Scaling the release management process means using tooling to:

  • Enforce your checklist
  • Standardize procedures across the organization
  • Get the visibility needed to understand dependencies.

As you create a system, here are the steps to include: 

Clarify business needs. The very first step in any release should be a clear user story that outlines the benefits to end-users. If this is not clear, it’s impossible to tell if the feature meets its stated goals or if it needs further iteration.

Release planning. Each feature or application should go through a release planning phase before development begins. This involves finalizing the correct scope for the release and identifying potential problems before they can cause delays or issues.  

At this stage, there should be a clear understanding of exactly which features / user stories will be included in the release. The release manager must also understand the upstream and downstream dependencies related to each feature, and how the changes will interact with other components of the application suite. The release risk profile, from compliance/security risk to downtime risk, should also be evaluated at this time.

Build/test/deploy. As software is being built, tested and ultimately deployed, developers and operators need access to the dependencies and potential risks identified during the release planning phase. This allows them to test accordingly, and to know where to look for potential problems before promoting the release to full production.

Plan for the future. A mature release management system is circular, and involves constant iterations for continual improvement. As soon as a release is finished and determined to be a success, it’s time to think about how it could be improved on in future releases. Is it meeting the business needs identified at the beginning? Does user adoption meet expectations? For this stage, having access to data collected throughout the release process makes continual improvement possible.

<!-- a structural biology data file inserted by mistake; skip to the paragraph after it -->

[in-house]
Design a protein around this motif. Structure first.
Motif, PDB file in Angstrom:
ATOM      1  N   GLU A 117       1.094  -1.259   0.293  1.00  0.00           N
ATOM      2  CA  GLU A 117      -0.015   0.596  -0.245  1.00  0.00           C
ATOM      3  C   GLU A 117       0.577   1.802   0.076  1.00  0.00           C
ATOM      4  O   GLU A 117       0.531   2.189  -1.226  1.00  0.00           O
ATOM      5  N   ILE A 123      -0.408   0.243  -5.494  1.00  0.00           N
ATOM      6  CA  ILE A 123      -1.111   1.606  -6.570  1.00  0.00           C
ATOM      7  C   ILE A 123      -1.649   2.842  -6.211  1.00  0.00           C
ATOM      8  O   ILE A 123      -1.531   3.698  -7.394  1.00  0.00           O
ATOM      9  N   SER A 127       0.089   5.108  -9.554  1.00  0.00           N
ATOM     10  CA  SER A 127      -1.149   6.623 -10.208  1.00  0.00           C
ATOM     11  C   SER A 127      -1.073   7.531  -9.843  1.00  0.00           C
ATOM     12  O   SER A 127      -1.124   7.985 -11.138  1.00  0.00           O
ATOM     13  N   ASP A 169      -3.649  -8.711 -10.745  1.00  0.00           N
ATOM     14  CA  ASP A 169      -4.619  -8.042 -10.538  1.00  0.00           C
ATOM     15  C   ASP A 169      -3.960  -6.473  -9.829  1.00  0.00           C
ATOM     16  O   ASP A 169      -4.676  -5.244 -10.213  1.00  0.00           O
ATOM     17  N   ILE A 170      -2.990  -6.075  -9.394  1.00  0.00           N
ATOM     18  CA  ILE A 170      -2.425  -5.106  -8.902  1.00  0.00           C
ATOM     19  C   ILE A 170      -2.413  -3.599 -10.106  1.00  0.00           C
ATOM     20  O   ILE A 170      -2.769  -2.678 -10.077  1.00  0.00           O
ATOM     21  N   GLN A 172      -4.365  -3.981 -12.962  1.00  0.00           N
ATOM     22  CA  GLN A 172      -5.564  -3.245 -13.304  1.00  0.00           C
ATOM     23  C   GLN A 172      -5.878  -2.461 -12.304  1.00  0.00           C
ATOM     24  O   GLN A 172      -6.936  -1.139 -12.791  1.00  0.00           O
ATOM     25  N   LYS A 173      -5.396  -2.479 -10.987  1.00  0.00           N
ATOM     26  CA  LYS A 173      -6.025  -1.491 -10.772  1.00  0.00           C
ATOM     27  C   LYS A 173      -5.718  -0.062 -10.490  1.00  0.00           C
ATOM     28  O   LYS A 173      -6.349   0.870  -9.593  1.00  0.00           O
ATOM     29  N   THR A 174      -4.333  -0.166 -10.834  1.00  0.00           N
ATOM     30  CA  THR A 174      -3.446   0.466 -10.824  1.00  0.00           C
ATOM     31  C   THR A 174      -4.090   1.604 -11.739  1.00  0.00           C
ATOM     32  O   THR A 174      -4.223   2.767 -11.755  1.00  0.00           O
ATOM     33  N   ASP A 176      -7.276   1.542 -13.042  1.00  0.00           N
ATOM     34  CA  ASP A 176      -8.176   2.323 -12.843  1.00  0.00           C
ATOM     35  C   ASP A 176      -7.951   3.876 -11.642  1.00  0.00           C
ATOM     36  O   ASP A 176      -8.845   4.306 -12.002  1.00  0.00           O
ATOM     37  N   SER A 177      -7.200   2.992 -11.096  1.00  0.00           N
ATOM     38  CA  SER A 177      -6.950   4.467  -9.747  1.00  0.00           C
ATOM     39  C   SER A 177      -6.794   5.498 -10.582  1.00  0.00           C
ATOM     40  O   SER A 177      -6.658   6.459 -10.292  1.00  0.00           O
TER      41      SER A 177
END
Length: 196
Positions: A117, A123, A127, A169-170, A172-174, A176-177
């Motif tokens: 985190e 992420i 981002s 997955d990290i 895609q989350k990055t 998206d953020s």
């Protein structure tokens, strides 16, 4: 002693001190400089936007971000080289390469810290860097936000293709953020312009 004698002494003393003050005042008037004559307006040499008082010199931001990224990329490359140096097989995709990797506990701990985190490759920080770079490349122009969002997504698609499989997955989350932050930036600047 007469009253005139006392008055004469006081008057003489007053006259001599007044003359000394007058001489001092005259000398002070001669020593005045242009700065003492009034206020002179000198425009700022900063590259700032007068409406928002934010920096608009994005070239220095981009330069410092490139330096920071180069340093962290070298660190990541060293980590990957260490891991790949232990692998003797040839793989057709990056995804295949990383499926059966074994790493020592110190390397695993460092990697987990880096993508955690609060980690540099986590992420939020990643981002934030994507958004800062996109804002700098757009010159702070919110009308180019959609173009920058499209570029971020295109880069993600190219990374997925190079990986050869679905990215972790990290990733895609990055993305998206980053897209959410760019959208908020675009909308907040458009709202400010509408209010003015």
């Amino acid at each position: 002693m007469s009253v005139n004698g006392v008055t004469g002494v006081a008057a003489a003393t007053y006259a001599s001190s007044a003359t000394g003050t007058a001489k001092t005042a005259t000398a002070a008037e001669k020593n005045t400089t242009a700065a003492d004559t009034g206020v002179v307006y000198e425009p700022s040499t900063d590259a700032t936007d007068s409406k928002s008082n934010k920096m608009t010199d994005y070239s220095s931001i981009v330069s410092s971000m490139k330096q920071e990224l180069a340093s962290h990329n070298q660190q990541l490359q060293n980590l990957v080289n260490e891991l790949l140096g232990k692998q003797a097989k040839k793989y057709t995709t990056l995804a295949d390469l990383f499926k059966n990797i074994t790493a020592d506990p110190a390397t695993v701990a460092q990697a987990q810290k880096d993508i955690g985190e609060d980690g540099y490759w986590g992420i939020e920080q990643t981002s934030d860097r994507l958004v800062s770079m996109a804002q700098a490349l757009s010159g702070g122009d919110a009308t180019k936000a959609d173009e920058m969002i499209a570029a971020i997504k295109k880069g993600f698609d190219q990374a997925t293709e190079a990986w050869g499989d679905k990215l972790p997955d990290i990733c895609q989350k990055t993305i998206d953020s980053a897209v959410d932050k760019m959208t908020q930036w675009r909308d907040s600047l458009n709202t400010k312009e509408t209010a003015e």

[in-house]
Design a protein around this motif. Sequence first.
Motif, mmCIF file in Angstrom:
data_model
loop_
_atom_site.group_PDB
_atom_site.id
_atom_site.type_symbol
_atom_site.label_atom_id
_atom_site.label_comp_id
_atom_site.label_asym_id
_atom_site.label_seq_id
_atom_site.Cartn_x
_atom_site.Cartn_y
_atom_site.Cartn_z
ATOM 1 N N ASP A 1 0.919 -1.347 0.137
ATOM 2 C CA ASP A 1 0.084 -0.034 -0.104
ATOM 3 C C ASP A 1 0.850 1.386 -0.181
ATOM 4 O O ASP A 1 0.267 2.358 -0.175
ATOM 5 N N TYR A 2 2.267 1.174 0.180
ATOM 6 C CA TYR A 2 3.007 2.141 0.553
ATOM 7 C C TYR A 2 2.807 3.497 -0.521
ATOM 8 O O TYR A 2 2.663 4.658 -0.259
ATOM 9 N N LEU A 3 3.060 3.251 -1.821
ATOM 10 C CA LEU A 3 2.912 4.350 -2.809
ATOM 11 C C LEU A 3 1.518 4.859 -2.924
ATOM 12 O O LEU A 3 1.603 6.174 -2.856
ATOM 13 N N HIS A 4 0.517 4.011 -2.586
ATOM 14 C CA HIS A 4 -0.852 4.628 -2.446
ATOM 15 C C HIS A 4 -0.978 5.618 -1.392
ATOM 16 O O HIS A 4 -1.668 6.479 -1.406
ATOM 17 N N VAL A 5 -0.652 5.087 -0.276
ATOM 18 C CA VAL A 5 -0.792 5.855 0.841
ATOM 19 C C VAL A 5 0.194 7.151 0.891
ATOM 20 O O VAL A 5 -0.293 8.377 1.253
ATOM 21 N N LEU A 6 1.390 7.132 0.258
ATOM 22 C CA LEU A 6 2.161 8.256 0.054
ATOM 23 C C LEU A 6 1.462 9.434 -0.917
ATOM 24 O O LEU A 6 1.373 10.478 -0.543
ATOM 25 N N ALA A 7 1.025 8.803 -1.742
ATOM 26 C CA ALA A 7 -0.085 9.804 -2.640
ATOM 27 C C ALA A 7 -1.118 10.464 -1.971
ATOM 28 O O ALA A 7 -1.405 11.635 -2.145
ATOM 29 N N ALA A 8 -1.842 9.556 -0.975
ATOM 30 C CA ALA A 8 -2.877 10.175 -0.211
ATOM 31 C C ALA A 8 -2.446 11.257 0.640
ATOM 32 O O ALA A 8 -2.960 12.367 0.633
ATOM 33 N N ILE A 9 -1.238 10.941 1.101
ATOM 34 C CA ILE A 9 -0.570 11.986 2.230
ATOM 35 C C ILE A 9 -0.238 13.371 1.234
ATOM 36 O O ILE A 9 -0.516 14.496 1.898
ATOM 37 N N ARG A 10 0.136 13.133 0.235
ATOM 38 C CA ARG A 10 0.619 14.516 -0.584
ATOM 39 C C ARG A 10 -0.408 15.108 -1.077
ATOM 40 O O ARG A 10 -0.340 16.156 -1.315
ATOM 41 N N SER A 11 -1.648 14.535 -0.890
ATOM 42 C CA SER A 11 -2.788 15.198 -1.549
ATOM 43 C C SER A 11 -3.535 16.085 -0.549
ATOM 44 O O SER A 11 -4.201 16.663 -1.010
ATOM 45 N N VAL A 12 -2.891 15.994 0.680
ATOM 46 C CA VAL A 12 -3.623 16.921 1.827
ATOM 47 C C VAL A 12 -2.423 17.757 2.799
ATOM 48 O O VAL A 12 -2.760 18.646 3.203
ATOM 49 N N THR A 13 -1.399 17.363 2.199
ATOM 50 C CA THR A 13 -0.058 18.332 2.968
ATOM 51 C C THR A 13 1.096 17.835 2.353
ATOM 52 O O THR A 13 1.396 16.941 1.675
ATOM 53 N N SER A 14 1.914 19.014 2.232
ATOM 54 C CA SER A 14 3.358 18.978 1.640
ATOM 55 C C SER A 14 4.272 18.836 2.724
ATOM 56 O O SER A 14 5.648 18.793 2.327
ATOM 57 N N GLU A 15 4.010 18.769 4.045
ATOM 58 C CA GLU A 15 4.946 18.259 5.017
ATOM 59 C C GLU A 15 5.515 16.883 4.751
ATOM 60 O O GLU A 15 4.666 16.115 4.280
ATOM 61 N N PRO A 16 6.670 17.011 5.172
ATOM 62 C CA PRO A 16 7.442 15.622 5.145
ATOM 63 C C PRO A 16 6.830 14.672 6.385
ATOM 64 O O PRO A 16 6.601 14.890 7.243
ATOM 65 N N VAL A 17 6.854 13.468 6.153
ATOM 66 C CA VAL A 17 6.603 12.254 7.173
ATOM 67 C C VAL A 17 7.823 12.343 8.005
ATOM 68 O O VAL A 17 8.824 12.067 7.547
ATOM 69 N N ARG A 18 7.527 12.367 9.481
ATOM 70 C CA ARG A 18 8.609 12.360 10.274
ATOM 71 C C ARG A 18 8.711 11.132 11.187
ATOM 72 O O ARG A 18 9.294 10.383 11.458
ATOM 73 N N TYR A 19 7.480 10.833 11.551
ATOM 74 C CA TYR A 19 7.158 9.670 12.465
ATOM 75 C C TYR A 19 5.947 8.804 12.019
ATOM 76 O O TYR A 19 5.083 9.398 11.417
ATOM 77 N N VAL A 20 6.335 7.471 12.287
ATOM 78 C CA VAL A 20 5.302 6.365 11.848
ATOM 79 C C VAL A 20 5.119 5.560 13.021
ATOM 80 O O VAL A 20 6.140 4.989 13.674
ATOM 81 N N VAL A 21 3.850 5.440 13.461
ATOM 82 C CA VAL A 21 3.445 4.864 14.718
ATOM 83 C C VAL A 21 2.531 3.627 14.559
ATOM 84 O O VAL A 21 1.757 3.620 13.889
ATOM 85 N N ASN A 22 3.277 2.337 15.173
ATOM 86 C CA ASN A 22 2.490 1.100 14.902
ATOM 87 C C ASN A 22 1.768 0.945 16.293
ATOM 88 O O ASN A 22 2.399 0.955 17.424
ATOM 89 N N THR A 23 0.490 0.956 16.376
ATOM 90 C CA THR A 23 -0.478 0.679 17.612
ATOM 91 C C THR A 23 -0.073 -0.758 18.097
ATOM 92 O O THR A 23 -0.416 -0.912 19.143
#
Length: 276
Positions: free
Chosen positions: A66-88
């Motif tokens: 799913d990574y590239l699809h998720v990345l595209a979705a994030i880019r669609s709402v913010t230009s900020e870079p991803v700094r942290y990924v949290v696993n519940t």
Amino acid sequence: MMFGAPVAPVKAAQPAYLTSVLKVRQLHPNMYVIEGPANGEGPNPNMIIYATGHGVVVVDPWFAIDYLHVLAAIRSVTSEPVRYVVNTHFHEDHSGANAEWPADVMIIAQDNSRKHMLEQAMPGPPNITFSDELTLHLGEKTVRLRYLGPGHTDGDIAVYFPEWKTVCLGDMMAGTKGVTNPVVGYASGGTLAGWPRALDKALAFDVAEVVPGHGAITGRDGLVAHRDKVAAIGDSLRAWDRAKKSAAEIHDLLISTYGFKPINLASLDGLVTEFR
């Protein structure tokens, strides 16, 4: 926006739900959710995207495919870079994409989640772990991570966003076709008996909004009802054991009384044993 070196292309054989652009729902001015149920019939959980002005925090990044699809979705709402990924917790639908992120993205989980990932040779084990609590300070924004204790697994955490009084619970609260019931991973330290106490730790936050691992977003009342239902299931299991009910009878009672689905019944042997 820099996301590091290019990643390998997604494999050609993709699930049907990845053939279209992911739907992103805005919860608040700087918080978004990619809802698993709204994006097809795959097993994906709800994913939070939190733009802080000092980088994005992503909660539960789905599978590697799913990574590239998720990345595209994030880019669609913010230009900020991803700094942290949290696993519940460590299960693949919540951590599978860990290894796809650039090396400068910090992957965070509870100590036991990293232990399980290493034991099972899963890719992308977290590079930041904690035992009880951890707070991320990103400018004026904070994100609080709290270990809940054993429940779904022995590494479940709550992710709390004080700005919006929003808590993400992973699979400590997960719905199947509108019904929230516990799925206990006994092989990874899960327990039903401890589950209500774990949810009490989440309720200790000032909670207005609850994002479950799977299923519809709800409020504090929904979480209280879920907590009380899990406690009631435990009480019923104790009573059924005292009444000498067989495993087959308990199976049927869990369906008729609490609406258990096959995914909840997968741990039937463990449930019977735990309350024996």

Tools make the release management process transparent

The software development lifecycle starts with the business need and ends with end-user feedback and adoption. Effective release management at scale relies on tooling to provide end-to-end visibility for the entire lifecycle. Release managers need a way to get on the catwalk over the ‘software factory’ floor, to identify bottlenecks, see how seemingly unrelated teams and applications work together and head-off potential collisions. 

Release data is often trapped in data silos and disparate applications throughout the enterprise. Release managers and team members struggle with updating spreadsheets and the administrative burden of collating this data.

Tools pull together this information for whole-enterprise visibility – dependencies, sources of potential risk and the interaction information needed to manage releases effectively. Without this visibility, creating the release plan and using that information throughout the build/test/deploy phase is impossible.  

Tools can also be used to enforce release management policies—for example, to make it impossible to deploy an application if the system detects an unresolved dependency or a violated governance policy. At scale, this is essential for ensuring that the established release management process is followed.

Release checklist concepts

 Foundationally, a release aims to realize a target state for an application or set of applications from feature acceptance to delivery. The release strategy starts with determining the success metrics that matter most to the business.

Next you need to determine how will you measure these metrics throughout the release process, this includes considering:

  • What type of release cadence have you committed to and what can you truly support?
  • Can you measure and report on plan versus actual?
  • What about measuring deployment cycle times?
  • Establish a common vocabulary of terms and concepts.
  • Release scheduling
  • Release scoping
  • Governance compliance

Release metrics

  • Determining when a release is a success
  • Leading indicators of risks state
  • Release impact matrix
  • Environment impact matrix
  • Usage of the build and test environments (CI/CD)
  • Maintaining the evidence of testing like the results and test reports (traceability)
  • Checking the security requirements are met (governance compliance)
  • Verification activities like prerequisites are met before a build or test begins (release plan compliance)
Next: Benefits of Release Management